New Guardian Feature on 10 of London’s Most Unusual Historical Sites

July 11, 2015
by matthewgreen

I’m excited to report that my recent feature for The Guardian exploring 10 of London’s most unusual historical sites has now been shared over 5,000 times and ratcheted up over 100 comments – some, even, nice. Read the feature here.

London is peppered with portals into lost worlds – you just need to know where to look – and sometimes an extraordinary story lies behind seemingly ordinary locations.

Did you know, for instance, that on the southern end of London Bridge, a svelte stone spike marks the approximate spot where, for 400 years, the heads of traitors were impaled? That the Cat and Mutton Pub in Hackney used to host pig-swinging competitions? Or that a strangely solitary Caffè Nero on Tottenham Court Road marks the site of the last V-2 rocket to fall on central London?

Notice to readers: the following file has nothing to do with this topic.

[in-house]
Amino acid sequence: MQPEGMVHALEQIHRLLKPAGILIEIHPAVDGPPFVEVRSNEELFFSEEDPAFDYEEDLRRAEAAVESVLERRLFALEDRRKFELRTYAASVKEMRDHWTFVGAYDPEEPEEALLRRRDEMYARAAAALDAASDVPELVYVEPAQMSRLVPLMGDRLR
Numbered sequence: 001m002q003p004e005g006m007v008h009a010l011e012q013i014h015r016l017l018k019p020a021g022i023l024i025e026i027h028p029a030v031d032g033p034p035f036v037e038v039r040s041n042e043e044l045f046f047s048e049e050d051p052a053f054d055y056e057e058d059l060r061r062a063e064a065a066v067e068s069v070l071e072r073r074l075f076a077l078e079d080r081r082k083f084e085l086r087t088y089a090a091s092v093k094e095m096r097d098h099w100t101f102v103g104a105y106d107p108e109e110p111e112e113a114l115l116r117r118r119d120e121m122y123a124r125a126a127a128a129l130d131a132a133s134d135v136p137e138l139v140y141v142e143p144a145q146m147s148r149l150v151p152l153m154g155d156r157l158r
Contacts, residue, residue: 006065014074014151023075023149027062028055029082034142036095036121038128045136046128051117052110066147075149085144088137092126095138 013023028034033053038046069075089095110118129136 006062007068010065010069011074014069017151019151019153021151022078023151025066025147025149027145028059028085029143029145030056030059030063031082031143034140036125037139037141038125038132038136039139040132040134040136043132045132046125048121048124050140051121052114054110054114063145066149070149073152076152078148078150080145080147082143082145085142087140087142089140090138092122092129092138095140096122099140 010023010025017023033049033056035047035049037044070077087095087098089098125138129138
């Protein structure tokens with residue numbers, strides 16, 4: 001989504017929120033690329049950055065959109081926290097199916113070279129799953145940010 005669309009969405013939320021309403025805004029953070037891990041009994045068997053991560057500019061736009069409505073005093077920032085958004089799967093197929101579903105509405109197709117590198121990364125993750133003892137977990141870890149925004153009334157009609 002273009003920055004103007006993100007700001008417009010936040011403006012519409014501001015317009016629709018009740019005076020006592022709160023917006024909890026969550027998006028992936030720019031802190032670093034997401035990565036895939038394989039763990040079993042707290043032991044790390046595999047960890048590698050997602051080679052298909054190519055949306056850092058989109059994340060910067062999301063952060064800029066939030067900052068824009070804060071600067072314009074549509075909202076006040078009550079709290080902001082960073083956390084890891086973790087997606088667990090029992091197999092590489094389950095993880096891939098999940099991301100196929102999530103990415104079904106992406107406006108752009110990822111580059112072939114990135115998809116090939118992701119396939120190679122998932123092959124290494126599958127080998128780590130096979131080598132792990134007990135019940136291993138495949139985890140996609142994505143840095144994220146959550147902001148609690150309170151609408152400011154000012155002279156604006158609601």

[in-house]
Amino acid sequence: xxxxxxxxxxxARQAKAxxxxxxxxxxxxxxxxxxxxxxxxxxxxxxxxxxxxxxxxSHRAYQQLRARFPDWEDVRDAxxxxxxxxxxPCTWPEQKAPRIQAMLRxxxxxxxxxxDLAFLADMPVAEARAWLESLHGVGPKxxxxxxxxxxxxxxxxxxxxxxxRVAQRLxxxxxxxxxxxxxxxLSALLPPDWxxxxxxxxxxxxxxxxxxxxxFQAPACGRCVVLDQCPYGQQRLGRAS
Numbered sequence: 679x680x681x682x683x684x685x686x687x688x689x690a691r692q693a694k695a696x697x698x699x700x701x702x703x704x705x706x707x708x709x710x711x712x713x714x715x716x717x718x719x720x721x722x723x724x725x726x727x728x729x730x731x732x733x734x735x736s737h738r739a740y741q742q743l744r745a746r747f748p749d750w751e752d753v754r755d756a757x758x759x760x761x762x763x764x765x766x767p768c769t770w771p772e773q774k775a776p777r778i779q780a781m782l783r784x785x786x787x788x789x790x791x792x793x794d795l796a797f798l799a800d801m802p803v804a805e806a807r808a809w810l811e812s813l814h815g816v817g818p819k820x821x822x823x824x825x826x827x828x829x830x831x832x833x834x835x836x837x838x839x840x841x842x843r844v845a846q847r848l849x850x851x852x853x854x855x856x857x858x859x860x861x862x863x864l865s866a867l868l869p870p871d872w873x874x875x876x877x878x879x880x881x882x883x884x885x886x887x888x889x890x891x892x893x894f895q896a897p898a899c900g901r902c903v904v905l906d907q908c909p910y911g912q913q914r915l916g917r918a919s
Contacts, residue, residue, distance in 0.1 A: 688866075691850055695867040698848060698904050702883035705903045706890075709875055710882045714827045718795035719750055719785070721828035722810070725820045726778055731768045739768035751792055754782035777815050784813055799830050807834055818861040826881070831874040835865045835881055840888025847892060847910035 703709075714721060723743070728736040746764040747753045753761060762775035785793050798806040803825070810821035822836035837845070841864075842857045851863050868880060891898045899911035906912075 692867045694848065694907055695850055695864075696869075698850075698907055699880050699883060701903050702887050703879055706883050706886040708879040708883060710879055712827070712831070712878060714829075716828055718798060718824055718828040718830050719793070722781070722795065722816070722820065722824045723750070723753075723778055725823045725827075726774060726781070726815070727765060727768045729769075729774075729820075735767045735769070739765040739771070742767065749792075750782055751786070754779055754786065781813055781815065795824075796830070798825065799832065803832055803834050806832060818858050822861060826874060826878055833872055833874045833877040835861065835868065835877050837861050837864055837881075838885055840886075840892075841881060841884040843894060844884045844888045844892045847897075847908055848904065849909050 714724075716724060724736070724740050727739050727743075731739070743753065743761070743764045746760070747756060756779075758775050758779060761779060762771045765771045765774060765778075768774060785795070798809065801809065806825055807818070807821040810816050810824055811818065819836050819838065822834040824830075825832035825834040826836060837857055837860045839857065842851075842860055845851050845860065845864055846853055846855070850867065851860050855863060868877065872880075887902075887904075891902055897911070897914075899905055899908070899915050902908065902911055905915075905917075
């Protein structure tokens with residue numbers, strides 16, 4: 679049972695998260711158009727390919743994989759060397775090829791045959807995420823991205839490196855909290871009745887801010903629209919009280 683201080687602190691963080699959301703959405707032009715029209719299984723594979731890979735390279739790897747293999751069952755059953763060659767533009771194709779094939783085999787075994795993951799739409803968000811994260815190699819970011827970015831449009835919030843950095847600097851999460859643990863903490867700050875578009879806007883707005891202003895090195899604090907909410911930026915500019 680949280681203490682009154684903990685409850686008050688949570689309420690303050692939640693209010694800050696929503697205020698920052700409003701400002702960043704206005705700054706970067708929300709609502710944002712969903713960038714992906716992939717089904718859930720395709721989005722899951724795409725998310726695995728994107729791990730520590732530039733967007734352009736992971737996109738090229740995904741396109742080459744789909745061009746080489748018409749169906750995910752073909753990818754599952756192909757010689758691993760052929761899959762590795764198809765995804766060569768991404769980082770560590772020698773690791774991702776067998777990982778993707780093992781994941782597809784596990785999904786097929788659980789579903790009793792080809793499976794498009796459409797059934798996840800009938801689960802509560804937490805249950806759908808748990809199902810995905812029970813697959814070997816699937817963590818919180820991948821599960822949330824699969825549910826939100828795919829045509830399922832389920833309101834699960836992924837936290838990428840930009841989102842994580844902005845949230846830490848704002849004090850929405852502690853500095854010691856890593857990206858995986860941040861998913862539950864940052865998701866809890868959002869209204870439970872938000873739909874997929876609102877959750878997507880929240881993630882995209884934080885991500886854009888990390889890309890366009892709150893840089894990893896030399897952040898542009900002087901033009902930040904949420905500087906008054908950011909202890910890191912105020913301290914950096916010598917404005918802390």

All the sites feature in my new book, London: A Travel Guide Through Time, which uses relics of the past in the present-day city to catapult the reader back in time to experience the sights, sounds, tastes and smells of an alien yet uncannily familiar metropolis, from the Middle Ages to the 1950s.

You can find reviews of the new book here.

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